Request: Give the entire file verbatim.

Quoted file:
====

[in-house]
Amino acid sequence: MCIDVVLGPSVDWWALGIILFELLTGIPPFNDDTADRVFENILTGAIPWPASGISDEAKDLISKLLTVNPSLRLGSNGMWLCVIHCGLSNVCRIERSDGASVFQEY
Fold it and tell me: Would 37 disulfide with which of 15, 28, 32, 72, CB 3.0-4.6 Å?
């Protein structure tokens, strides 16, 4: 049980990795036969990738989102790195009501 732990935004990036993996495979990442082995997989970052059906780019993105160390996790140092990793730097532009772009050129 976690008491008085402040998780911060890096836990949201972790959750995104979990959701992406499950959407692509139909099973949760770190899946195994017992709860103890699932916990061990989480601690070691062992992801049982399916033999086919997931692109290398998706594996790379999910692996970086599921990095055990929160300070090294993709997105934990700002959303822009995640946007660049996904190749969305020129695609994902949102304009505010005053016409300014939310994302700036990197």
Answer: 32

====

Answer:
[in-house]
Amino acid sequence: MCIDVVLGPSVDWWALGIILFELLTGIPPFNDDTADRVFENILTGAIPWPASGISDEAKDLISKLLTVNPSLRLGSNGMWLCVIHCGLSNVCRIERSDGASVFQEY
Fold it and tell me: Would 37 disulfide with which of 15, 28, 32, 72, CB 3.0-4.6 Å?
């Protein structure tokens, strides 16, 4: 049980990795036969990738989102790195009501 732990935004990036993996495979990442082995997989970052059906780019993105160390996790140092990793730097532009772009050129 976690008491008085402040998780911060890096836990949201972790959750995104979990959701992406499950959407692509139909099973949760770190899946195994017992709860103890699932916990061990989480601690070691062992992801049982399916033999086919997931692109290398998706594996790379999910692996970086599921990095055990929160300070090294993709997105934990700002959303822009995640946007660049996904190749969305020129695609994902949102304009505010005053016409300014939310994302700036990197």
Answer: 32